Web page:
The film, a short documentary examining the emergence of Iran’s Green Movement, has won best documentary and best editing awards, he says. It has been shown at film festivals across the United States. “Nation of Exiles” garnered international attention when it received an award at the Biografilm International Celebration of Lives in Bologna, Italy. The documentary also has been screened in the United Kingdom, Brazil, France, Spain, Turkey and Ukraine.
Apart from his filmmaking endeavors, Karim has worked as a sports reporter for The Dallas Morning News. He also served as a producer for “Mother Earth News Radio,” a nationally syndicated radio program, and “Dig In DFW,” an organic lifestyle program for Fox 4 News in Dallas.
He has relocated to Cincinnati and currently lectures on electronic media and broadcasting at Northern Kentucky University’s College of Informatics. He also is a producer and director for the University’s student media outlet, NorseMedia.
Karim is working on several television programs in Cincinnati, as well as a documentary on college basketball. He continues to develop the “Nation of Exiles” theme to encompass social movements in Europe, Africa and parts of the Middle East.
William J. Saunders, director, “Sweet Little Lies”
William J. Saunders (far right) with cast and crew on the set of "Sweet Little Lies."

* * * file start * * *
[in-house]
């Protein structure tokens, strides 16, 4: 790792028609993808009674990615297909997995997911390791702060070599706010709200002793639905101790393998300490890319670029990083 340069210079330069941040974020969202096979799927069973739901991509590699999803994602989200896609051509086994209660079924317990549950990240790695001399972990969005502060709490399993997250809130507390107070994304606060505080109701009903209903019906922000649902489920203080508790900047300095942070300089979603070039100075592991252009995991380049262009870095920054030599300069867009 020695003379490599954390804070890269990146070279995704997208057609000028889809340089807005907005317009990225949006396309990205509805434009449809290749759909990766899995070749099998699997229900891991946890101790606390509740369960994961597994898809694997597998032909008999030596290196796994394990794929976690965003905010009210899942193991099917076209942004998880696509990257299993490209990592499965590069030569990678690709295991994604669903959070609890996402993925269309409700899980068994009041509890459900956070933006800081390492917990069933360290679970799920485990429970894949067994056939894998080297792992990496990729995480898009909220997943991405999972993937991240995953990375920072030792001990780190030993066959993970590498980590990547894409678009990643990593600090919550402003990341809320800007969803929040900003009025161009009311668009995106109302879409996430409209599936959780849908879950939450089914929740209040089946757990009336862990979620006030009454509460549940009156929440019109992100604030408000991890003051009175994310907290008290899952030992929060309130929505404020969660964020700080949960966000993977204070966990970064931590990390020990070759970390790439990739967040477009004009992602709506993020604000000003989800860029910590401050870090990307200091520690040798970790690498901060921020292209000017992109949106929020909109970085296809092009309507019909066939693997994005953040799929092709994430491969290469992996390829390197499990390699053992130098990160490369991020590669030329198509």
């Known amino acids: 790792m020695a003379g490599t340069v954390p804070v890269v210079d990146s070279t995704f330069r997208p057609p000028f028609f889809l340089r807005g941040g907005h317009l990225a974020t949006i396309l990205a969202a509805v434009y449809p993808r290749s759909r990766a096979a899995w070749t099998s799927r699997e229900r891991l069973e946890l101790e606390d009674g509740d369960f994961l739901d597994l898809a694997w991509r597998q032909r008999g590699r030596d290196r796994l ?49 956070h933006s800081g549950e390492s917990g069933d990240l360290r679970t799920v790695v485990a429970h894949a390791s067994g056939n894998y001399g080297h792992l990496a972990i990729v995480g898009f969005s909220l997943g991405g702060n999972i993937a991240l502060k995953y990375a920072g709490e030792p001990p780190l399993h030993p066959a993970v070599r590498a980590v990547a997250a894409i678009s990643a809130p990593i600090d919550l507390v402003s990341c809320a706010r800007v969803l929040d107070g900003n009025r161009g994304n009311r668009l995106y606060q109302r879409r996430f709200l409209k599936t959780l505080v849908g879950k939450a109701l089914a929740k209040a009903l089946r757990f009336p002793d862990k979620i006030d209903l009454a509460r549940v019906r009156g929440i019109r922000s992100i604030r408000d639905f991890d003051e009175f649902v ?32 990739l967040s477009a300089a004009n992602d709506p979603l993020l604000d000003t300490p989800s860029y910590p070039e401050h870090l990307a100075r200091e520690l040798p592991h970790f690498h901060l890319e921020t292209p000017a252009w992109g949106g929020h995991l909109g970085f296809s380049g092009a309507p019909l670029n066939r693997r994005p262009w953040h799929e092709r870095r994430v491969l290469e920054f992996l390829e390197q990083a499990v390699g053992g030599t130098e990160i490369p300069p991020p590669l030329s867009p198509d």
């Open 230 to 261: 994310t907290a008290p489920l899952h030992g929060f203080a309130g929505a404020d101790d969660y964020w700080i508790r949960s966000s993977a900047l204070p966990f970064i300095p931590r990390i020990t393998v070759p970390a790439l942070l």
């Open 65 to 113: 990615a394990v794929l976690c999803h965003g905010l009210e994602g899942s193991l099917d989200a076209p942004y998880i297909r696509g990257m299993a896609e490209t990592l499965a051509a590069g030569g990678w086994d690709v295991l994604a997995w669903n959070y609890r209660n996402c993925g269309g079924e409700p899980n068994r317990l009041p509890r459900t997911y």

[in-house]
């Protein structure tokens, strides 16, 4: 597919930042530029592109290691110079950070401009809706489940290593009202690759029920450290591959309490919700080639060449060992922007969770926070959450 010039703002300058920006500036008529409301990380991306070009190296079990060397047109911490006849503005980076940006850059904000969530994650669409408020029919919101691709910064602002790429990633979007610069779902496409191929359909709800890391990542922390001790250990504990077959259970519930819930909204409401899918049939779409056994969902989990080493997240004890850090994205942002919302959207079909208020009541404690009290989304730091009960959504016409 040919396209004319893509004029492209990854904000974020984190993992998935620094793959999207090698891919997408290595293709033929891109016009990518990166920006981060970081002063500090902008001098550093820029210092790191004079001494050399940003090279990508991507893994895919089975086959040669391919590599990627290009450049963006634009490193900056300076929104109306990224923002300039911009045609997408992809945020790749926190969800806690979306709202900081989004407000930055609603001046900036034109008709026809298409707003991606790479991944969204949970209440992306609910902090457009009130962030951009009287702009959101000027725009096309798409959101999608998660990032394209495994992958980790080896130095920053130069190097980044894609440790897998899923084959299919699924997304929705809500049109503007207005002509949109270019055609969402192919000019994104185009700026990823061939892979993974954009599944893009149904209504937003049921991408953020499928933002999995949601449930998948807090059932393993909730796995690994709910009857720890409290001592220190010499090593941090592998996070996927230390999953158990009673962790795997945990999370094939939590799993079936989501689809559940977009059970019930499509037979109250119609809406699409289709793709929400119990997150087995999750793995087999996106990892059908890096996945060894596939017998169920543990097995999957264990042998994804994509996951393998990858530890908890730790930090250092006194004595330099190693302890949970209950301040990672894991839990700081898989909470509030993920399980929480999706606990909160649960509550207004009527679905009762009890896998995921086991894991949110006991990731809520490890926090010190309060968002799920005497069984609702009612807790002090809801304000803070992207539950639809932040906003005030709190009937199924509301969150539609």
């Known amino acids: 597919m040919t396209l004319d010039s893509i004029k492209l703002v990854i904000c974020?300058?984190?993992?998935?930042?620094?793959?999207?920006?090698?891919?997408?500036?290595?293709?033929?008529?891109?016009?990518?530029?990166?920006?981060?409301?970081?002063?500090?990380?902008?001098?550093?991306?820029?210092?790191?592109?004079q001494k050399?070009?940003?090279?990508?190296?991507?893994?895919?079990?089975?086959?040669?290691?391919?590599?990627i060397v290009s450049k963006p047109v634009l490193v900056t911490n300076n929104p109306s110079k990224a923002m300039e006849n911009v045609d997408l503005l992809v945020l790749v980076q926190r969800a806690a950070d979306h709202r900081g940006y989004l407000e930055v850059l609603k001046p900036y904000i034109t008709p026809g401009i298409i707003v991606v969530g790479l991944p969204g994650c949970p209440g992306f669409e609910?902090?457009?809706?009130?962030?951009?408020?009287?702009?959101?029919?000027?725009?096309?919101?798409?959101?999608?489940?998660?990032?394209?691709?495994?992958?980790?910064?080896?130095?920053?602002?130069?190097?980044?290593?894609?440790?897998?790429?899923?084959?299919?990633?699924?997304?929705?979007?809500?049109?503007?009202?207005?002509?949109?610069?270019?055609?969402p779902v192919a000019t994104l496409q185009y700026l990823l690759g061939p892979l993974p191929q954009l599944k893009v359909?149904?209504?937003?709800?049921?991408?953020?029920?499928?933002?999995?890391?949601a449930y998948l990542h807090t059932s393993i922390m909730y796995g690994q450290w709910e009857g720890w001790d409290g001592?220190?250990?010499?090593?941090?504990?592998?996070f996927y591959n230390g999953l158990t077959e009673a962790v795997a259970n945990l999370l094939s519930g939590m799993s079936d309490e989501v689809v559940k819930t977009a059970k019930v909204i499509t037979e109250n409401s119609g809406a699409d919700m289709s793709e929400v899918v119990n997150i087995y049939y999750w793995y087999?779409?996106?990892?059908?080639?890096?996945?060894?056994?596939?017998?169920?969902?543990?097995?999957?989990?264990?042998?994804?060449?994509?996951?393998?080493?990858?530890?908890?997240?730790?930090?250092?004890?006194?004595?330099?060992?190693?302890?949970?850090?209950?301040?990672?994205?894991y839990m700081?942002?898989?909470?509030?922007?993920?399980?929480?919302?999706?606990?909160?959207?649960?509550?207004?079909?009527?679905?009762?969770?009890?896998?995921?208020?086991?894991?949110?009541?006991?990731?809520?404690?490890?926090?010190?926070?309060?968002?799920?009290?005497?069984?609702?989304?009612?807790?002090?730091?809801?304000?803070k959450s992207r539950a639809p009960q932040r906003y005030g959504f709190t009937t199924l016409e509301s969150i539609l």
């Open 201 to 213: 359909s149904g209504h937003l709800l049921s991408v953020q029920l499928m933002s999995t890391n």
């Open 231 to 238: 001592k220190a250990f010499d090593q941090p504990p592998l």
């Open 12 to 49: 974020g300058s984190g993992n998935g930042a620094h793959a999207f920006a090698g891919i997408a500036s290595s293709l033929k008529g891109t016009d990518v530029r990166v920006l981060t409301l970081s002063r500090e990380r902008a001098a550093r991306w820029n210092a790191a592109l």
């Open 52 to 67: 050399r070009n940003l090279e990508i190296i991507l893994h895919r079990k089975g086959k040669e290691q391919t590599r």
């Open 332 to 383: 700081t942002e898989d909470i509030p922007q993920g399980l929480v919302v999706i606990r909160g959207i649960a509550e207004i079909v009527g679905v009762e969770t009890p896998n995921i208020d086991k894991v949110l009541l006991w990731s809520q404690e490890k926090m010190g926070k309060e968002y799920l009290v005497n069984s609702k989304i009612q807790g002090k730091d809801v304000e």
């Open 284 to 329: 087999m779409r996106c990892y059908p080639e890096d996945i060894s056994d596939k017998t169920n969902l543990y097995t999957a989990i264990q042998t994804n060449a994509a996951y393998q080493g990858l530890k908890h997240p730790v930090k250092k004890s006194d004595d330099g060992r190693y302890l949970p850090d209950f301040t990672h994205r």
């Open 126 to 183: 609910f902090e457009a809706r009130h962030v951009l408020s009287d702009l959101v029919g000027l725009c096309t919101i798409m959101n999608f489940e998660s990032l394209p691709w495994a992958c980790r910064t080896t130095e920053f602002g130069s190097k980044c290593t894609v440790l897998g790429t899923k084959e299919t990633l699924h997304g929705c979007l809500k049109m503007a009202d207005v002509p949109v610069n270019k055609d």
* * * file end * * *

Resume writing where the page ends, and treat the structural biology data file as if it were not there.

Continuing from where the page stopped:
William J. Saunders, who earned a Bachelor’s degree in cinema in 2001, says the opportunity to use state-of-the-art technology as an SMU undergraduate gave him an advantage in graduate school.
“The SMU Cinema Department in 2001 actually had better equipment than my graduate school, Columbia University, in 2009,” said Saunders. “I found myself ahead of many of the older producers who weren’t used to editing on computers.”
In the course of his career, Saunders has worn many hats – writer, director, editor and producer – on a variety of feature and documentary projects. Much of his work has been in television for ABC, BBC, CBS, Fox, HBO, ESPN, MTV and the NFL Network.
“Big Charlie’s,” a documentary Saunders produced for the NFL Network, won a 2004 Emmy in the sports category. “Dash Cunning,” a comedic short that was his Master’s thesis film, won the Audience Choice Award at the Columbia University Film Festival.
With “Sweet Little Lies,” his feature-length film about a rebellious teen on a mission to find her father, Saunders puts his stamp on a favorite genre.
“I've been a lifelong fan of kid adventure movies like ‘Goonies,’ ‘E.T.,’ ‘Lord of the Flies,’ ‘Empire of the Sun,’ ‘Stand By Me,’ etc. When I saw these movies as a kid, they really spoke to me, and my imagination ran with the scenarios,” Saunders says. “I think people want to see these kinds of movies again. I certainly do.”
Saunders directed the film, and fellow SMU alumnus Josh Ayers ’01 served as executive producer. The movie premiered in April at the Kansas City Film Fest to a sold-out audience and was shown a few months later at the Big Island Film Festival in Hawaii. “Sweet Litle Lies” also received the Industry Award and the Audience Award at the Dances with Films Film Festival in Los Angeles.
“Sweet Little Lies” was created under Anywhere Films, the production company Saunders founded with five other filmmakers.